The Atlas missile silo that I visited over this weekend is one of a series of Atlas class missile silos that were developed during the cold war in the 1960’s across the midwest. There are a few within a couple hundred miles of Fort Riley but this one was optimal as a result of the fact that it is literally right down the road from Bushong. Simply hop back onto road 350 (route 56) and head the mile up to Road D, you really can’t miss it. The GPS Coordinates I used were Latitude: 38.686403, Longitude: -96.302414. It should be noted though that the property was owned by someone at some point after the disarming process and as to whether or not that individual still owns it I’m not sure. Last I knew he was doing jail time for shooting a trespasser on the silo property. This page actually gives you a pretty good look at what the Atlas E missile silos used to look like.

Saftey Precautions:

Once again, there is still a chance of this being private property which I can neither confirm or deny, so proceed at your own risk. Another thing to note is the fact that there is a large underground portion to the silo which I didn’t venture into as a result of flooding. So watch your step, tripping and falling into a hole around here could result in drowning as I doubt the water will be pumped out anytime soon.

Exploring the Atlas-E 548-5 Missile Silo:

There really isn’t much to the silo now-a-days unfortunately, not with flooding considerations in mind. I didn’t venture too far into the silo as I didn’t want to go tripping in any holes, but had the silo not been flooded there is generally an underground complex to the Atlas-E series of silos where the control mechanisms for the launch would have been as well as tunnels leading in the directions of older structures that used to be on the silo grounds. Overall the silo was underwhelming compared to Bushong and I was antsy about getting out quickly considering the silo’s history. But I did make a quick 5 minute recording of the outside perimeter.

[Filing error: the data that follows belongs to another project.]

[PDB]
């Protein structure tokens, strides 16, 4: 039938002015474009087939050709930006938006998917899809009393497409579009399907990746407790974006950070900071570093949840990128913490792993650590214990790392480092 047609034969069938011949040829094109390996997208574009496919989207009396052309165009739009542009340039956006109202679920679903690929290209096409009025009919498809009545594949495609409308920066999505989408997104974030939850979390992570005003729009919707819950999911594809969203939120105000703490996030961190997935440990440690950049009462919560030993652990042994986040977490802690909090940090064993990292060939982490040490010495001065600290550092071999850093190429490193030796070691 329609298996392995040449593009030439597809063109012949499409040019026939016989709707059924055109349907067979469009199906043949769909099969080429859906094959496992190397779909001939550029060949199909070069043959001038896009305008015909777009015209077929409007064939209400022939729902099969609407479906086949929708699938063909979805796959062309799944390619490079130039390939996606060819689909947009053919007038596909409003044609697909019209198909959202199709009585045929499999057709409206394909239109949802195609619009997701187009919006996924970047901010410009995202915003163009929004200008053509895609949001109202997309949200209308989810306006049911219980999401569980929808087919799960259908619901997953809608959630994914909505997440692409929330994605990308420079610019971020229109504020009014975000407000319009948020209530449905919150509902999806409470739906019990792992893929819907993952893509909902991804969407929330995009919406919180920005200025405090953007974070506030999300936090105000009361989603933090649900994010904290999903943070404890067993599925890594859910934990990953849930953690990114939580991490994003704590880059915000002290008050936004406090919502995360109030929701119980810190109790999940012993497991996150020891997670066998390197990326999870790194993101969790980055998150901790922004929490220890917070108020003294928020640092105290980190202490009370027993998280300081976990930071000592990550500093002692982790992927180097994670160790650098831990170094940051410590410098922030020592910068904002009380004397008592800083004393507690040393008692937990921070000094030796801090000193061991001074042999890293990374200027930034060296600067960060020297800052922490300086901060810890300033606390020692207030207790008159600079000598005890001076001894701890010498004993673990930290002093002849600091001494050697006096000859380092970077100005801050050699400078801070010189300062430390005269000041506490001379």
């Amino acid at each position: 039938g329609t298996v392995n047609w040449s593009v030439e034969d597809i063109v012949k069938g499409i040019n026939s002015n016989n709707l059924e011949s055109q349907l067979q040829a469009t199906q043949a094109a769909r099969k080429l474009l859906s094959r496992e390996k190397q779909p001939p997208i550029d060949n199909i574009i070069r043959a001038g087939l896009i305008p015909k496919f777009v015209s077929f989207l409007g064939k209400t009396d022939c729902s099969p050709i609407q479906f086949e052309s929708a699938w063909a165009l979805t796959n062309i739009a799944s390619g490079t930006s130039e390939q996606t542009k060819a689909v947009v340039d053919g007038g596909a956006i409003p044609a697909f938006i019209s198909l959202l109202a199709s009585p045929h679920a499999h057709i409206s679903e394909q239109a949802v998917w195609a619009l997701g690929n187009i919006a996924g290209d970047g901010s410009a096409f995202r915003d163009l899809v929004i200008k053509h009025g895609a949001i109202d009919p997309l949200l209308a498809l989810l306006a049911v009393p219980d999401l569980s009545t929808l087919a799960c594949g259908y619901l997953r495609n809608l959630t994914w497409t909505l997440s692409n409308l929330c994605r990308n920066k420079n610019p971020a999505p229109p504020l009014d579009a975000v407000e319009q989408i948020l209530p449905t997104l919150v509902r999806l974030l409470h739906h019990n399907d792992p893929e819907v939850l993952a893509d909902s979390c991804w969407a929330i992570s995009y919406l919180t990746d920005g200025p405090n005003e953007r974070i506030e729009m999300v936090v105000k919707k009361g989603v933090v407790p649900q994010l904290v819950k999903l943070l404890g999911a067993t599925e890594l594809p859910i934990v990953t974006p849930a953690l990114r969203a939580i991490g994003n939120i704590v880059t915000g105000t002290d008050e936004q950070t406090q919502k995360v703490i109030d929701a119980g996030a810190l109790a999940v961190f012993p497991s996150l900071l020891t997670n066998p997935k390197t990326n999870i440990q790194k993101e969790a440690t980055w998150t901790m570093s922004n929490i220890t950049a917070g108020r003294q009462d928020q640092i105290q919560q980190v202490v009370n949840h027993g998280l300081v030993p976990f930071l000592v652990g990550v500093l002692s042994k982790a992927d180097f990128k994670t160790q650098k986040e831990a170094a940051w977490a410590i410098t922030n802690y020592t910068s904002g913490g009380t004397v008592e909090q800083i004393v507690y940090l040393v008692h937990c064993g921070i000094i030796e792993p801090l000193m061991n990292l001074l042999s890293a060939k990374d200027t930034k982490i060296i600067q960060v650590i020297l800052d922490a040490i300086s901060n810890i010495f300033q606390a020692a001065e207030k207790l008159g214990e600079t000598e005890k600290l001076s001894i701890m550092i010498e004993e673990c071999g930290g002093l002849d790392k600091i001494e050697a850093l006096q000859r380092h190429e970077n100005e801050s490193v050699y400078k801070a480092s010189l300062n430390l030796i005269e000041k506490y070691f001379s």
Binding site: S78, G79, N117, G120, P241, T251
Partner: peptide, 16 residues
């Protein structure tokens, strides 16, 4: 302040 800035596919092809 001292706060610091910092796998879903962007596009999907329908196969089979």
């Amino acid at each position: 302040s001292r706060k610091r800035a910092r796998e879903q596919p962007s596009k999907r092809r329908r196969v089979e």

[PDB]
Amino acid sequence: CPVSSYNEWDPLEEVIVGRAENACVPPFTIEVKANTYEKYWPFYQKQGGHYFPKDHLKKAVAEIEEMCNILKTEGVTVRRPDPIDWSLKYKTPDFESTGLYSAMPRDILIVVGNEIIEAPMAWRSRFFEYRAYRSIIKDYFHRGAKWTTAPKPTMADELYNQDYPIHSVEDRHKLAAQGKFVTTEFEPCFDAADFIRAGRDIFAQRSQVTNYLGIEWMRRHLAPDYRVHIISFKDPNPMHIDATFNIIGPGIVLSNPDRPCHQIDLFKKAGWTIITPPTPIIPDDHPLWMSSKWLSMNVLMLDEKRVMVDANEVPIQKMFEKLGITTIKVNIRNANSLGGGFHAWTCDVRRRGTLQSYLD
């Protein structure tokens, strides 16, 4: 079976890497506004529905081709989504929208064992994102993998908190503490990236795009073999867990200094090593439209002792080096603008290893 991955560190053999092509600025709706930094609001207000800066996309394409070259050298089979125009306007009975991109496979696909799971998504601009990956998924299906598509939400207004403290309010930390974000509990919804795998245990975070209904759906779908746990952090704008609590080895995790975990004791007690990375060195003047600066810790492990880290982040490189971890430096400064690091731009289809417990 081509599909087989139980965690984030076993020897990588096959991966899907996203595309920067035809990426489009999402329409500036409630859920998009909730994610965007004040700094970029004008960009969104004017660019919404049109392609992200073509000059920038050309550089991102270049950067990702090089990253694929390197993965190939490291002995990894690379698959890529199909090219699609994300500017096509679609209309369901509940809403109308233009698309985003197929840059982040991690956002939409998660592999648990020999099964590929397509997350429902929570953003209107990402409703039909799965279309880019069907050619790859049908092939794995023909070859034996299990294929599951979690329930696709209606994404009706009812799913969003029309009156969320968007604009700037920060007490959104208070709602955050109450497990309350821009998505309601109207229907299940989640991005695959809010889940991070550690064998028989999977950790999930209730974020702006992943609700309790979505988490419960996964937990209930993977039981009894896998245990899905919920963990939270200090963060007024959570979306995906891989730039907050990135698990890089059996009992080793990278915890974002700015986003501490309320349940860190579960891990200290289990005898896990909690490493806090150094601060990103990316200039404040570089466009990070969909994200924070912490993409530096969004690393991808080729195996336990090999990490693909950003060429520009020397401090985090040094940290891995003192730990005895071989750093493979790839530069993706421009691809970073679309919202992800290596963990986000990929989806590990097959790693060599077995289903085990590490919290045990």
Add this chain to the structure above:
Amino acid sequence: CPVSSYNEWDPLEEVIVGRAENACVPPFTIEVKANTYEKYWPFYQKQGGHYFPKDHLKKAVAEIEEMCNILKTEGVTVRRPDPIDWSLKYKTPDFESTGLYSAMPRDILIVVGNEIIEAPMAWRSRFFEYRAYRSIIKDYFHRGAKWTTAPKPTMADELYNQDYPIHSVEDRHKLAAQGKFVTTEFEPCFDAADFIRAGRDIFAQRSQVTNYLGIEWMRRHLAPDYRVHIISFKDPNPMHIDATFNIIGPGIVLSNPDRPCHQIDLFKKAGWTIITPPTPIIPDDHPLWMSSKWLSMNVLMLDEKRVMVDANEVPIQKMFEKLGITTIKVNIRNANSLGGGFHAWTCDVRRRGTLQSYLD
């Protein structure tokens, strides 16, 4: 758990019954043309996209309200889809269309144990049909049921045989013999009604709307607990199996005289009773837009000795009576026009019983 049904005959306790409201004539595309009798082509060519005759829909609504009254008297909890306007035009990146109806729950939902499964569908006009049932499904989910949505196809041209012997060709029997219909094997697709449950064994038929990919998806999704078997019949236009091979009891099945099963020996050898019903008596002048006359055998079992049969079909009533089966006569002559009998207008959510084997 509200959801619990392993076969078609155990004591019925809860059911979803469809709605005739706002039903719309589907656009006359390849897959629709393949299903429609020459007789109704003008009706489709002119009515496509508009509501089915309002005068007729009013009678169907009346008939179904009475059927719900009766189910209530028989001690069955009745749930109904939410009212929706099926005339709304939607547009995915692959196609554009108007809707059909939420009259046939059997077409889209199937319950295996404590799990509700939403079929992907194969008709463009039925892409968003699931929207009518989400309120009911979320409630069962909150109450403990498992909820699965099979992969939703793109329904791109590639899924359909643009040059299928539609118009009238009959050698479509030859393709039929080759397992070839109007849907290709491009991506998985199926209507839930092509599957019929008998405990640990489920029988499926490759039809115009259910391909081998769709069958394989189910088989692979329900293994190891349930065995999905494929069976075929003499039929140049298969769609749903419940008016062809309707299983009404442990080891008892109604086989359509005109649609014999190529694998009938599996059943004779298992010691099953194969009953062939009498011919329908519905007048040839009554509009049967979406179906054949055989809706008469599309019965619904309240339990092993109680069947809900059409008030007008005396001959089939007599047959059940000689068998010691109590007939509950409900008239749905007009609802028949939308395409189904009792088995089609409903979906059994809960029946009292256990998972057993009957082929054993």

Seasonal Considerations:

I imagine just about any season would be fine to see what is left of the silo. While I doubt the interior will ever be easily explored without pumping all of the water out, a drier season would be optimal for attempting to see the underground.

All in all despite the missile silo not being as fantastic as I had hope it was a very exciting and fulfilling weekend. Full sets of my photos are available on facebook: http://www.facebook.com/Traversingtravy

Sources Used:

http://www.baseball-reference.com/players/b/bushodo01.shtml
http://www.danielcfitzgerald.com/top10kansasghosttowns.html
http://www.flyoverpeople.net/galleries/smallTowns2005/Bushong/bushong_OldPhotos.htm
http://cjonline.com/indepth/missilesilos/stories/040100_cordray.shtml
http://www.techbastard.com/missile/atlas/silo/548-5.php
http://www.atlasmissilesilo.com/
http://www.wired.com/culture/lifestyle/news/2009/04/gallery_missile_base_1?currentPage=all